The greatest challenge facing sustainability investors

Views from WHEB Asset Management

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The challenges for ESG investors
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The challenges for ESG investors

One of the greatest challenges for sustainability investors is the price the investee companies charge for goods and the balance with the longer-term social impact, according to Ted Franks, a partner in the specialist investment group WHEB Asset Management.

He said: "Pricing power, and the ability to earn good prices, are obviously a huge part of investing, and probably more so for equities than for any other asset class.

"Looking back, it seems we have had a big couple of years for pricing issues in our universe. And at the same time, the focus and interest in measuring the impact of our investments has also increased. So we have been thinking about these two big trends and how they are related.

"Investors love pricing power because there is no better way to drive returns than to increase your prices, if you can hold everything else constant. If you do not need to increase spending at all and you can just lift your prices a little bit every year, that is cash that goes straight to the bottom line."

Franks, who is also part of the investment team running WHEB's Sustainability fund, uses the pharma sector as an example of the dilemma between pricing power and impact with some "amoral" examples, particularly in the US, of drug companies being accused of exploiting pricing power.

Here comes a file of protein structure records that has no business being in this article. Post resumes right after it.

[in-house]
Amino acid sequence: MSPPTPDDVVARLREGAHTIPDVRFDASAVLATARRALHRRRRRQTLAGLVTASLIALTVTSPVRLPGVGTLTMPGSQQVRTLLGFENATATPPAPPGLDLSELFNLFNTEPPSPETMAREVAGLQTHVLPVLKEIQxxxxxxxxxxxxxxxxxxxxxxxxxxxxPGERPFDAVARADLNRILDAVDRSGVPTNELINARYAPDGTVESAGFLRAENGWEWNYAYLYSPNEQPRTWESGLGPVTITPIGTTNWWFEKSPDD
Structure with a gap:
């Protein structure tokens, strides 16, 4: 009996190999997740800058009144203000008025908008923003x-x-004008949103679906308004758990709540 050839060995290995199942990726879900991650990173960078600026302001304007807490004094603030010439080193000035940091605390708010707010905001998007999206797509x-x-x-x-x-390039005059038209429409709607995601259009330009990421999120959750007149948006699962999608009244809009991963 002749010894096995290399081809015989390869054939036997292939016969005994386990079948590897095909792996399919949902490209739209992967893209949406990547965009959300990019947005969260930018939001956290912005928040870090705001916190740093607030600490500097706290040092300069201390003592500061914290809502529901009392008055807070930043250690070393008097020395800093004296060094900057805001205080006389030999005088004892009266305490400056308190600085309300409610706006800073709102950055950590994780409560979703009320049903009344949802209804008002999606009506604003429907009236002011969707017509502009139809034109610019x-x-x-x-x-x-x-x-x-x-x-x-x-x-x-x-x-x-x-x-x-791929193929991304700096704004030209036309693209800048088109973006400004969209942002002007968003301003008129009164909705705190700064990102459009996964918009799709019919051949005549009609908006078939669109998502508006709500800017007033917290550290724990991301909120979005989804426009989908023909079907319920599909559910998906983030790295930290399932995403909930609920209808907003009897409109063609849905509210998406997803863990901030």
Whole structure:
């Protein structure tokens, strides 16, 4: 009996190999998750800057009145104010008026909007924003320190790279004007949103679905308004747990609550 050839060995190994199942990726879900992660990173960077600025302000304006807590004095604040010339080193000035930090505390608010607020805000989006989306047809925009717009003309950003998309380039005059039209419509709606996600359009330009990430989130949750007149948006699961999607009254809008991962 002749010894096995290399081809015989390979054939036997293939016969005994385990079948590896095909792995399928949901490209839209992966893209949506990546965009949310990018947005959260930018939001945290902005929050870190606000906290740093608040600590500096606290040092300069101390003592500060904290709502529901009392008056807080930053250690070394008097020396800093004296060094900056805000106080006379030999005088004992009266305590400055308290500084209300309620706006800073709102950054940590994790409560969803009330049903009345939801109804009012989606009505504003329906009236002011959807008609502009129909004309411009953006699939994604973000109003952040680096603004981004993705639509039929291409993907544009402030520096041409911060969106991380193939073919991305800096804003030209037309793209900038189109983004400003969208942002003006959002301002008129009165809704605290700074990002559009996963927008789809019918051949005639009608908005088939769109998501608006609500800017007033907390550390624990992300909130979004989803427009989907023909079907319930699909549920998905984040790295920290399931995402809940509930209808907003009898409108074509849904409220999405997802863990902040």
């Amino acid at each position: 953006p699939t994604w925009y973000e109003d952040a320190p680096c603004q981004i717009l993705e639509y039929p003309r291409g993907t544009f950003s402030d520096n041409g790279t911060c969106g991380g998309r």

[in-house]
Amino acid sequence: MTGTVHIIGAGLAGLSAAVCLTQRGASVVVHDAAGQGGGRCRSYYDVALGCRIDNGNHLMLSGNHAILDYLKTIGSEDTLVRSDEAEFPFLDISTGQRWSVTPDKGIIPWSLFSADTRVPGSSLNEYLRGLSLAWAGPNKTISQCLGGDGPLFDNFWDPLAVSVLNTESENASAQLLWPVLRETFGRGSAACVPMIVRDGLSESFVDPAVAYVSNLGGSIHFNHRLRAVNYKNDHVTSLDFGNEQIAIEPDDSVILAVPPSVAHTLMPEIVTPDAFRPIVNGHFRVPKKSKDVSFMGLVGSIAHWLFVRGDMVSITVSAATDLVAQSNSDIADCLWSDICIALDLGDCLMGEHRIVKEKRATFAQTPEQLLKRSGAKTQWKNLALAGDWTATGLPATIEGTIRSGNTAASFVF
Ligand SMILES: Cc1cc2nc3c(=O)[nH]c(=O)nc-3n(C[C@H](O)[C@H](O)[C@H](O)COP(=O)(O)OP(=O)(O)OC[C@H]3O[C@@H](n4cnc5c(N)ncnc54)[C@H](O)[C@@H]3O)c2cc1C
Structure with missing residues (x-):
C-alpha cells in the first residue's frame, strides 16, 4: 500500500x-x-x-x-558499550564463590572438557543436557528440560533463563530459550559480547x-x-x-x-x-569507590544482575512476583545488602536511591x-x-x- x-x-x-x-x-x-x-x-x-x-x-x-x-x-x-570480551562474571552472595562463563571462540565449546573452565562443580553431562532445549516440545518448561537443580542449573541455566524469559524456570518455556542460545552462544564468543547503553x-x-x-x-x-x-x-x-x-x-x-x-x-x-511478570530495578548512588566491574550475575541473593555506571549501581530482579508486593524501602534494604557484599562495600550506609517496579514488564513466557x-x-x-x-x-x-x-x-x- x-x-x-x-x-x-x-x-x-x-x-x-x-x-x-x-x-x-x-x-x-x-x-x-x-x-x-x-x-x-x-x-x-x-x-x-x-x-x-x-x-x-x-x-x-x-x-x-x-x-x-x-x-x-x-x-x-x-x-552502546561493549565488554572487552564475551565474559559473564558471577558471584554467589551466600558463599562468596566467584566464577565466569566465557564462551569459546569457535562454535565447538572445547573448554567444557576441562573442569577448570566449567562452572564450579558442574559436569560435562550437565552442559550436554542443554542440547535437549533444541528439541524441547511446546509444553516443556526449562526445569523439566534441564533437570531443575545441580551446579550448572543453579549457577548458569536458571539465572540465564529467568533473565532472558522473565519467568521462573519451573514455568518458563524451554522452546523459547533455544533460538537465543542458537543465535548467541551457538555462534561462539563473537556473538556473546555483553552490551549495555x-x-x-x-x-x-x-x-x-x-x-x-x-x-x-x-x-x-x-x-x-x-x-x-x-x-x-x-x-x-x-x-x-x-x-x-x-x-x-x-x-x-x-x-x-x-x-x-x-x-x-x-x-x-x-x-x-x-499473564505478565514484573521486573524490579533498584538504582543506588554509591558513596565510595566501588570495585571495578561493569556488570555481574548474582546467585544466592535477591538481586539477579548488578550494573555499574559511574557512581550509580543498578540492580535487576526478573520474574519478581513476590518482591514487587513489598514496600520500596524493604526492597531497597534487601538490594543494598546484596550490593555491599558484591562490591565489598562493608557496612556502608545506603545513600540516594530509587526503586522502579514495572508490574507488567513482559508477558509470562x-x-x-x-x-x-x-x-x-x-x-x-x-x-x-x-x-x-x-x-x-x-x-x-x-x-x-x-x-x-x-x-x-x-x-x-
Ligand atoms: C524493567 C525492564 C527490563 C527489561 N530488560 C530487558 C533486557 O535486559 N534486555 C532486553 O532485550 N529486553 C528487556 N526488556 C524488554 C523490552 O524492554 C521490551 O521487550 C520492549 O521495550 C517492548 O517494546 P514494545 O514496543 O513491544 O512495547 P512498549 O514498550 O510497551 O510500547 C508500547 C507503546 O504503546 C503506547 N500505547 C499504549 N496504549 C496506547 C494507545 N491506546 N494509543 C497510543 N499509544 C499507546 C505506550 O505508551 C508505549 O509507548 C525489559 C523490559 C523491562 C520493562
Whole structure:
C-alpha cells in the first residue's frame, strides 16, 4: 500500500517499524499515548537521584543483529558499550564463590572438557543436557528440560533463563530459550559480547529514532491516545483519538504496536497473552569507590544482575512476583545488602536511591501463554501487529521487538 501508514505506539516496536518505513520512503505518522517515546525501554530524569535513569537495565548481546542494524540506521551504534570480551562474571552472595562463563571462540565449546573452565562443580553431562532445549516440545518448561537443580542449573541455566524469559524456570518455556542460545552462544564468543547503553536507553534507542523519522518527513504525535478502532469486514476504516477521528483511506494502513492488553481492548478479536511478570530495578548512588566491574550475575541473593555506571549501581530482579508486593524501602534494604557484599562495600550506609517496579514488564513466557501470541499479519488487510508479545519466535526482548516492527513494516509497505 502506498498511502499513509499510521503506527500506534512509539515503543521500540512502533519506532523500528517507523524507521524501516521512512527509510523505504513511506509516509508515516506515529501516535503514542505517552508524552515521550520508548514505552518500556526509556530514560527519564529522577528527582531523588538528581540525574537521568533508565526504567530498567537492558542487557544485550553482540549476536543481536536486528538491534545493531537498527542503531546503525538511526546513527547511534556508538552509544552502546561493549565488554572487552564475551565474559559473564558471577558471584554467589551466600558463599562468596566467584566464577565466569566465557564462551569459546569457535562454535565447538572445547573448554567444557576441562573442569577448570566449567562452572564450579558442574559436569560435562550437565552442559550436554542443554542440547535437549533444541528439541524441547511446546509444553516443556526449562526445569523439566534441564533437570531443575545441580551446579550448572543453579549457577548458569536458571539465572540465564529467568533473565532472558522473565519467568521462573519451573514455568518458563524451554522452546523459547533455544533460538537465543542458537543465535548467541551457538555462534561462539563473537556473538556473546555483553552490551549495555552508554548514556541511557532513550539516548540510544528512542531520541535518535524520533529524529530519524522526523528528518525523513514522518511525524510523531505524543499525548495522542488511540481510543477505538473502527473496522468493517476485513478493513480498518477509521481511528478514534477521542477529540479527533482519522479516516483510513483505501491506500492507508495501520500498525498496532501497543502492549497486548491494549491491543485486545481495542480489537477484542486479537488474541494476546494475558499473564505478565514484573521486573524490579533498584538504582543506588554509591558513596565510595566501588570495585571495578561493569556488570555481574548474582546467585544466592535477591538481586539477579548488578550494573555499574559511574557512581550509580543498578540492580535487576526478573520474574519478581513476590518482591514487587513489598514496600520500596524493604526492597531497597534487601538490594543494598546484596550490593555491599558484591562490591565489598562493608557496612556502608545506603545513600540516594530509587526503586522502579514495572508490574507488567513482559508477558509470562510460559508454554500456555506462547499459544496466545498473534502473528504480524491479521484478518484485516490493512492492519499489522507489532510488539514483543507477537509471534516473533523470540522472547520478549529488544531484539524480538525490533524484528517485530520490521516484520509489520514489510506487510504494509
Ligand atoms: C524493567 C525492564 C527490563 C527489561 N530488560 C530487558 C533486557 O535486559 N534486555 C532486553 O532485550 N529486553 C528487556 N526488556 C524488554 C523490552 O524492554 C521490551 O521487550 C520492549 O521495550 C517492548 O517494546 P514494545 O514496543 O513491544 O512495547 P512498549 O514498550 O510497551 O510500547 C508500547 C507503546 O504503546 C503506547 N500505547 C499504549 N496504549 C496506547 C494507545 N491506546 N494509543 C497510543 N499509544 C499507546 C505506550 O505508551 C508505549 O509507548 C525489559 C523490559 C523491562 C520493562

One of WHEB's investment themes is health and well-being, as well as resource efficiency.

WHEB publishes the positive environmental impact of each £1m investment

"We do not own any specialty pharmaceutical companies, for reasons which certainly include these impact issues. But the risks around the pricing dynamics there have rightly spilled over into lots of other parts of the US healthcare value chain, and are sitting like a cloud over equity valuations in that sector," said Franks.

He added: "Balance is one of the central contentions of our investment philosophy. Our resource efficiency theme in particular works because resources would otherwise become scarce and create cost pressures which other companies are keen to avoid.

"At the moment, the balance is to oversupply, and the world has been in a period of widespread and surprisingly resilient deflation, probably for three decades.

"The ultimate expression of this phenomenon is possibly the very strong performance of the theme during this period of deflation. In essence what that says is, so long as prices drop faster than input costs, there will be a case for technologies that use less resources, which is good news for the impact investor."  

Franks points to solar energy as an example of this "tension".

He said: "The astonishing drop in the price of solar modules is rightly a cause for celebration around the world. It is amazing just how cheap they have become, and how quickly.  

"But the way we have done this has been horrible for investors. Rampant overcapacity by Chinese manufacturers has simply not slowed down. Fighting to supply every new project has been intense. Whole swathes of capital have been rendered obsolete well before their time.

"Now, we think the potential for more stable pricing is still there. When it comes, the industry will be revolutionised, from an investment point of view. But in the meantime, this has been a huge impact positive, but a huge investment negative."

Franks, and fellow WHEB partners George Latham and Seb Beloe, will be speaking on Thursday (29th June) at the group's annual investment conference for investors and professional advisers.

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